Cycle News by Henry Ray Abrams

Daytona Beach, FL March 7, 1992

It didn’t seem possible that the Daytona Supercross by Honda could match the pre-race hype- After all, Yamaha’s Damon Bradshaw was going for a record-tying sixth Supercross win in a row and Honda’s Jeff Stanton was trying for a record-setting fourth Daytona Supercross win. Throw in the rest of the field and morning showers which wreaked havoc on the track and the chance for a historic race were slim.

The only problem was that someone forgot to tell that to Bradshaw and Stanton. The championship rivals locked horns off the start of the 20-lap race and held the crowd spellbound. Bradshaw leading first, then Stanton, then Bradshaw getting balked by a backmarker on the 13th of 20 laps allowing Stanton to escape into history. It was the best Supercross in recent memory and motocross veterans were digging deep into the memory files to find one that was better. Few could.

Honestly, these two looked like they were on rails in that main event. Clearly the track had changed a ton since the heat races, but considering how rutted and bad it was, Damon and Jeff totally upped their game when push came to shove. They started jumping nearly everything and were into lappers very early. And with a lot of the track being single grooved, as Henry writes, that main line became very crowded trying to maintain their speed while dodging slower traffic.

Mind you, back then, Daytona ran a 30 rider main event, so the track was packed and getting destroyed by all the riders. If you didn’t get a chance to watch the race Friday night, I highly recommend scrolling down and hitting the YouTube link. Its an hour long but the quality was great. If anything, just jump ahead to the main. You wont be disappointed. OK, back to Cycle News.

In the end Stanton had won not only his fourth Daytona Supercross, but 4th in a row, an unmatched feat on the longest, and what many consider the toughest supercross track of the series. It also marked Honda’s first victory of the season. Bradshaw finished several seconds behind Stanton and immediately following the race congratulated the victor.

“It was the hardest one, “ Stanton said. “The last three were halfway easy, I had to work for this one.”

His work earned him $8000 from the $50,000 250 class purse, while Bradshaw took $3500 back to North Carolina, where the next round of the championship will be run.

“I rode as well as I could,” 19-year old Bradshaw said. “When he passed me I made a couple mistakes, I made some bobbles and lost 5 seconds. Its unfortunate the string was broken, but I’ll be back in Charlotte to do it again.”

Bradshaw still leads the Camel Supercross Series point standings with 165 points. Stanton is tied for 2nd with teammate Jean-Michel Bayle, who finished a distant 3rd today, with 139 points. Kawasaki’s Mike LaRocco and Mike Kiedrowski, 4th and 5th today, respectively, are also 4th and 5th in the standings. LaRocco has 118 and MXKIed 108.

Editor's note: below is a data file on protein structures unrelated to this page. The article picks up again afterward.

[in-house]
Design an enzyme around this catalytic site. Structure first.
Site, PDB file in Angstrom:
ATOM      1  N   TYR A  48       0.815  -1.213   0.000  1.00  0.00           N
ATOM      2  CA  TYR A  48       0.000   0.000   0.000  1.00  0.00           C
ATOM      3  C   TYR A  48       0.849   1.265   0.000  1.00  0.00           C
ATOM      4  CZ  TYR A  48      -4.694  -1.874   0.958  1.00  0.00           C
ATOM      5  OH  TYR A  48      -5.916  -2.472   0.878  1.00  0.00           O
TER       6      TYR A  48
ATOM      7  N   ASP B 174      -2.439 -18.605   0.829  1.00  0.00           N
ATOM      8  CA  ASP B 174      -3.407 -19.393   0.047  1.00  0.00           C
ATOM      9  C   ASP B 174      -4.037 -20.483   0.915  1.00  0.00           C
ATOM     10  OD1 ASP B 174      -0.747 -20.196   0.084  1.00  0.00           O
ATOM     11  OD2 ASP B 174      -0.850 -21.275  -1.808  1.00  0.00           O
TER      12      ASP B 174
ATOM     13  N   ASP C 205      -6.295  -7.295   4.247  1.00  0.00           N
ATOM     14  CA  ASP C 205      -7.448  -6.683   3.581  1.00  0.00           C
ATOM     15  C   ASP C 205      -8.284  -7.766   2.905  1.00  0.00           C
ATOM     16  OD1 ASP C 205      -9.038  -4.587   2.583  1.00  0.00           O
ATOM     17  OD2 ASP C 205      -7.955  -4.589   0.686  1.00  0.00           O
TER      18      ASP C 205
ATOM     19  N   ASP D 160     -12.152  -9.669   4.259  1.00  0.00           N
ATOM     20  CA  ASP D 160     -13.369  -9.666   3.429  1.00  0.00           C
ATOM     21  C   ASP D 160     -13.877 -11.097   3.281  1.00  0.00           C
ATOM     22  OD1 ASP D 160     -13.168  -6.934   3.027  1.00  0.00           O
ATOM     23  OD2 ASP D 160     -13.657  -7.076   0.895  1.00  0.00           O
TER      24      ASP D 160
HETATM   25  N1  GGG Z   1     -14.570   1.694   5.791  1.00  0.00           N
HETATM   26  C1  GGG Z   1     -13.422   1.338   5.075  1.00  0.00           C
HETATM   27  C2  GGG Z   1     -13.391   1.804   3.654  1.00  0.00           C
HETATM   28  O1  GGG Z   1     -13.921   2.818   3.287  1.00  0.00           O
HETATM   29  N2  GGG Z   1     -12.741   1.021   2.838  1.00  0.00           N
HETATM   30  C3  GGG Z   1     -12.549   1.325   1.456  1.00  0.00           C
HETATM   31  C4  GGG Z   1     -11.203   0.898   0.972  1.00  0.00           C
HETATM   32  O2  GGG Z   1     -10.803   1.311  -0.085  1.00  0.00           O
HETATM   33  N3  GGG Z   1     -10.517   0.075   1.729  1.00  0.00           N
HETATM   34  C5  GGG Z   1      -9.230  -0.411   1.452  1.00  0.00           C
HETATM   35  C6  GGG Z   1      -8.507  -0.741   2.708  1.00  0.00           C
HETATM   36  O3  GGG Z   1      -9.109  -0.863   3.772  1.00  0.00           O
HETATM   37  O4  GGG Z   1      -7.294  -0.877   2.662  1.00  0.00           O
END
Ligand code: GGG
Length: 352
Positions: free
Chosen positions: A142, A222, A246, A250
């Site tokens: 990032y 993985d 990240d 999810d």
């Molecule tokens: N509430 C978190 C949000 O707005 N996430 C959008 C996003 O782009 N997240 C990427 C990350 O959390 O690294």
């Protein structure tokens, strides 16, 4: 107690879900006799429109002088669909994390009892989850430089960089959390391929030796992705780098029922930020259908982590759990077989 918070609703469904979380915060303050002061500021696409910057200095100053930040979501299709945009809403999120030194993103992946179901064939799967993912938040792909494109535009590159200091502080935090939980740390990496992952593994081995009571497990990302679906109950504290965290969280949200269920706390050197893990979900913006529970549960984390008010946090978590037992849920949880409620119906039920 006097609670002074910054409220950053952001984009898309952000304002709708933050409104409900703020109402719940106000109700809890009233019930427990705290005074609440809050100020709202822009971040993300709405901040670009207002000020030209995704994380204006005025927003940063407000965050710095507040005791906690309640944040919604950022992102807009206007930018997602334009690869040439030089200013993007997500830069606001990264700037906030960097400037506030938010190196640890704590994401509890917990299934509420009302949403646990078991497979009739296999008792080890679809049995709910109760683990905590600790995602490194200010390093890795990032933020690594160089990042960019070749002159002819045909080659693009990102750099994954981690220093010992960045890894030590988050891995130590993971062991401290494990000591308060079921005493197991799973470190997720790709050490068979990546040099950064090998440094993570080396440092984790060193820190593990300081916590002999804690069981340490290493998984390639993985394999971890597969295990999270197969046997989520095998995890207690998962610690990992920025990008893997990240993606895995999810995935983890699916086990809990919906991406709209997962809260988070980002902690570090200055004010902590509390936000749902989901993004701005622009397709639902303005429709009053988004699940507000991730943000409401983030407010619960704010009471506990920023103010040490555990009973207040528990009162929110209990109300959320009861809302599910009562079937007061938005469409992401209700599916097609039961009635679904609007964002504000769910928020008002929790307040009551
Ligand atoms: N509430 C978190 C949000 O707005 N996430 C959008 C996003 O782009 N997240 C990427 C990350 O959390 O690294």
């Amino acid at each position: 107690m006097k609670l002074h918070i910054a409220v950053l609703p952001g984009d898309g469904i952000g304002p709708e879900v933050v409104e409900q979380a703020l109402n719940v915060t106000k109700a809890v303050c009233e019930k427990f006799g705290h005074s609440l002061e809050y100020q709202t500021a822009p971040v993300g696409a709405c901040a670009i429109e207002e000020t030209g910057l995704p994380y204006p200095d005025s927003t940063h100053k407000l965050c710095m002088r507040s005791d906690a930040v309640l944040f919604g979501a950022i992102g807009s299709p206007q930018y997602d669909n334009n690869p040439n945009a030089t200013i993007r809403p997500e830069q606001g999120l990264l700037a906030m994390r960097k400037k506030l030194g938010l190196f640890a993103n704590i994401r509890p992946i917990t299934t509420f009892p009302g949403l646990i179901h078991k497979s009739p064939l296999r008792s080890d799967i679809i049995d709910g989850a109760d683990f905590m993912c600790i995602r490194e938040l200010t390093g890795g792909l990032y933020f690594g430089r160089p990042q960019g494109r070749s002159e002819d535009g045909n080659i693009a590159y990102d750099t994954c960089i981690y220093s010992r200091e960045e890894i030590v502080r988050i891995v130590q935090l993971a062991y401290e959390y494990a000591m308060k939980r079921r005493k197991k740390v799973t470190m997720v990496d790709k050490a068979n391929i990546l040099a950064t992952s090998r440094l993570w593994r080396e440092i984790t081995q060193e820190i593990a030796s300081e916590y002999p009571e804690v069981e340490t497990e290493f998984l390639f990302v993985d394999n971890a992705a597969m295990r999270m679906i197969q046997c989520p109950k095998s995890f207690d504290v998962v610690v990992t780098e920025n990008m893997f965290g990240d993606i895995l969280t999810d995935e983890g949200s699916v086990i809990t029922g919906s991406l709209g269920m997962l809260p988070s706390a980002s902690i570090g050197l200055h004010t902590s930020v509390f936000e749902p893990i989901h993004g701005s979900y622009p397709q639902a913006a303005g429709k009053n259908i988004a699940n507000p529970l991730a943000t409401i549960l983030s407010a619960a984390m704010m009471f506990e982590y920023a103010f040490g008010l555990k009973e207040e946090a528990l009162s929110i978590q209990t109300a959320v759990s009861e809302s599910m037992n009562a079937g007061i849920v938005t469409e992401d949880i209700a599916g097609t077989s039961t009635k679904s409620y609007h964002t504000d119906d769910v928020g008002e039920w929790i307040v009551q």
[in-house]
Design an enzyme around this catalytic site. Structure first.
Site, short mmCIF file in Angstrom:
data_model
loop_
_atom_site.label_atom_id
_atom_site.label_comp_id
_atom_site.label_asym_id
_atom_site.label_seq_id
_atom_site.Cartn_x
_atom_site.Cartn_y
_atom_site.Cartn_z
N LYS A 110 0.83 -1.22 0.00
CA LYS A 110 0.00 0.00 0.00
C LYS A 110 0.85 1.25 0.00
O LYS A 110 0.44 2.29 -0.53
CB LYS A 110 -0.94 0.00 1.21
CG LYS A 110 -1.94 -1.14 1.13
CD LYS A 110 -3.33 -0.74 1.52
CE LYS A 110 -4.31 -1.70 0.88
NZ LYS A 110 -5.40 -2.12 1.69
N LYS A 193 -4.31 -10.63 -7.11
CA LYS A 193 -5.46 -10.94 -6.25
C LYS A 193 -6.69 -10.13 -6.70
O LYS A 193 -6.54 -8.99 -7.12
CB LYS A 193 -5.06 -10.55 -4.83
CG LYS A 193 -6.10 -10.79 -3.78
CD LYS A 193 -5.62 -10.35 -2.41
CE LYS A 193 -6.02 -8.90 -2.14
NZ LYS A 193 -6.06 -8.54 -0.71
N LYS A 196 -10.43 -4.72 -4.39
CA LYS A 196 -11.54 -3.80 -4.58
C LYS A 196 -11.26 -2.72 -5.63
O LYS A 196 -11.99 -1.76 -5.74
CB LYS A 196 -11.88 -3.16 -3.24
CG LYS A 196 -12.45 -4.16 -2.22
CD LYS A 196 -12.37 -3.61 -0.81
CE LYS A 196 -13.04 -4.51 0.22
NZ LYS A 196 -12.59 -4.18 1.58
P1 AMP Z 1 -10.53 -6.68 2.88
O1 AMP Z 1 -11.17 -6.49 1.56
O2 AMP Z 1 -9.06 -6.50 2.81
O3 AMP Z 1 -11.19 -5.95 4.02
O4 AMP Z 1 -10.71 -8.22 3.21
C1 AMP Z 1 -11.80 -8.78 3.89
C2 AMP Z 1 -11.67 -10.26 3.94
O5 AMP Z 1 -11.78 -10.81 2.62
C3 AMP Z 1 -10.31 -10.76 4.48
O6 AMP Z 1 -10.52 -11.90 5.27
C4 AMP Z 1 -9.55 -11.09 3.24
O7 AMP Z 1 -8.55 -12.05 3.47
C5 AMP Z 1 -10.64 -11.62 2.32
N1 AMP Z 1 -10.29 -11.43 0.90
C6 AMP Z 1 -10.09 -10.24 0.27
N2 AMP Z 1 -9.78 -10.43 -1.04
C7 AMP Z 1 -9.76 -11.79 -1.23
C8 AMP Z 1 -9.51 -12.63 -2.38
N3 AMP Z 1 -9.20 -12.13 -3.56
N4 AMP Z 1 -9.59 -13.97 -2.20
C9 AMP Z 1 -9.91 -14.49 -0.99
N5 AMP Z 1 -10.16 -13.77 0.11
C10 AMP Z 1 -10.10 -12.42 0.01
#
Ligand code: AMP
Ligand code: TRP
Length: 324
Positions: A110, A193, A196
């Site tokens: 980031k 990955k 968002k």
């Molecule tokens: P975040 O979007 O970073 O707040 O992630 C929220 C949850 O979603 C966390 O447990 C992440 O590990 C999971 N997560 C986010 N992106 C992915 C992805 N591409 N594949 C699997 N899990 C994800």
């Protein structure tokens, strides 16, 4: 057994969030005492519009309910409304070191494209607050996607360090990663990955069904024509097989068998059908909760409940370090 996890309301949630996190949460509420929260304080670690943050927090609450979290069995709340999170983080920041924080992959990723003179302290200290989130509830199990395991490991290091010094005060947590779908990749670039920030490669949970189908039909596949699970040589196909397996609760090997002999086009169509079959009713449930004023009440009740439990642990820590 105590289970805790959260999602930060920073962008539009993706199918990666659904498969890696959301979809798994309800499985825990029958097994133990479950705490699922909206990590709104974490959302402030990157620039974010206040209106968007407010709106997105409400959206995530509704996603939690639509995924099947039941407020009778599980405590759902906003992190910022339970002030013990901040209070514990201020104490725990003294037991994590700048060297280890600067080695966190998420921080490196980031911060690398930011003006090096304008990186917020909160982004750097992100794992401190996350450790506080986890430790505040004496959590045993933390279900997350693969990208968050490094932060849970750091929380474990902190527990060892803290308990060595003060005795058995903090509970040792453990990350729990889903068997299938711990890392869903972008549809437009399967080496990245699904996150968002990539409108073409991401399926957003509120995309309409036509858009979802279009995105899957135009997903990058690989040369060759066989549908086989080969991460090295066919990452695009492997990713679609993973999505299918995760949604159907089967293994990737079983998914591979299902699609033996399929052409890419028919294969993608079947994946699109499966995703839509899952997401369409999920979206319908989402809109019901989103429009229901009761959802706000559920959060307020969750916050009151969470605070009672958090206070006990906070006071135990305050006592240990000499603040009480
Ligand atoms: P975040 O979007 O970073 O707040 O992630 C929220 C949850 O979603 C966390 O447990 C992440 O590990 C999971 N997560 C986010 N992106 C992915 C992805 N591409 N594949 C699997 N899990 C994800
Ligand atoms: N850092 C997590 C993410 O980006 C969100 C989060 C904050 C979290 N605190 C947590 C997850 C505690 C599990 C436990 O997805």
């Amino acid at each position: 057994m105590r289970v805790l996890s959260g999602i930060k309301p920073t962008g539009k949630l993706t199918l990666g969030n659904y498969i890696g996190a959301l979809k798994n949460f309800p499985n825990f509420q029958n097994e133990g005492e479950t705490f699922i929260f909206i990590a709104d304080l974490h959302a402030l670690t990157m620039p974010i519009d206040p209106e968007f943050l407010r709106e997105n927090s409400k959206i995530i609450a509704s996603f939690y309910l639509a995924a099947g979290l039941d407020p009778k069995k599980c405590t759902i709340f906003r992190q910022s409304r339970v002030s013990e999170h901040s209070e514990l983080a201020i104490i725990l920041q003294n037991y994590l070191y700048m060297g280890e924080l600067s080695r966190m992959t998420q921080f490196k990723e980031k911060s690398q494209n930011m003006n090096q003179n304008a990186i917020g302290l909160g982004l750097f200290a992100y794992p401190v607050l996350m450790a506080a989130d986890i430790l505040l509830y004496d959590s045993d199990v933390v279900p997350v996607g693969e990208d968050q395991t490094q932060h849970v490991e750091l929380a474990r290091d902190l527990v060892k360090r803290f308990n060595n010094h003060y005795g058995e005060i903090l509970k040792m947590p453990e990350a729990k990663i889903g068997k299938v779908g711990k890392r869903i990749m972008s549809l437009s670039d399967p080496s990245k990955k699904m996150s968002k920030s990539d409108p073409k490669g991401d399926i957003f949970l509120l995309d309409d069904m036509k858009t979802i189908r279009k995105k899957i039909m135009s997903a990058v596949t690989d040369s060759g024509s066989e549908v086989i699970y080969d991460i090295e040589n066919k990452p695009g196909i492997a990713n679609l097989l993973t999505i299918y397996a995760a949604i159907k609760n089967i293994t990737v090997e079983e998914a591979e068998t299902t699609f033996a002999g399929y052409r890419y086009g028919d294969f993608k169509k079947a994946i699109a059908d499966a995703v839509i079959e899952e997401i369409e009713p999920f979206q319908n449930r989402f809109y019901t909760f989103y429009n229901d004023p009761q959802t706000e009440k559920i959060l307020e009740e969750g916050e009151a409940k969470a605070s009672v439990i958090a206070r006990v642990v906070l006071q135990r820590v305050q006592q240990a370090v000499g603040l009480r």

Anticipation couldn’t have been higher for the main event and right from the drop of the gate, it was obvious it was a two-rider race into the record books. Bradshaw got the holeshot with Stanton on his tail and DeHoop 3rd, Matiasevich 4th and Kiedrowski 5th. The lead duo quickly separated from the pack and Bradshaw pulled out a slight advantage, but by the seventh lap they were in traffic and that would make the difference. Bradshaw was slowed by a lapped rider entering a slow, mud-filled and rutted hairpin turn and Stanton was right up on him.

On the 10th lap, Stanton was briefly in front after he took the lead over a table-top jump approaching the finish line jump, but Bradshaw took it back when Stanton stalled  getting around a lapped rider. By this point they were 30 seconds in front of 3rd place Bayle.

The race was decided on the 13th lap when a backmarker got in Bradshaw’s way as he headed down the front straightaway. Forced to take evasive action, Bradshaw ran off dirt and onto the tarmac, giving Stanton the break he needed to breakaway.

“I came out of the corner before the straight fast and a lapped rider was in my line not paying attention,“ Bradshaw explained. “I did quite a bit of road racing.”

Stanton’s lead grew quickly, up to close to 10 seconds at one point  before Bradshaw made a late charge.

“I regained my confidence  and my adrenaline got pumping and I got back going,” Bradshaw said.

At the end, Stanton had close to five seconds on Bradshaw and a place in the record books.

“Its tough when you have to look ahead and read the lines,” Stanton said. “There were not a lot of lines out there because of the rain. Ive been in a bit of a slump and I hope this gives me momentum to keep on going.”

Bayle, 8th at the end of lap one, was up to 5th a lap later and up to 4th on the third circuit. It was the halfway point before he moved into third and from then on he was riding alone.

“I always get a bad start in Daytona and this is just one more,” said Bayle. “Its no way to win a race.”

Fourth was decided a few turns from the finish when LaRocco passed teammate Kiedrowski after he handled backmarkers a little better.

“I was about 6th off the start,” Kiedrowski said. “When I moved up to 3rd, Bradshaw and Stanton were gone. I slowed a little bit after the fifth or sixth lap when there were a lot of lappers and Bayle and Mike caught me.”

Sixth was Doug Dubach, who took over on the 16th lap. Matiasevich finished 7th after passing Emig on the final lap. Craig and Guy Cooper, who had to transfer from the LCQ, finished out the top 10.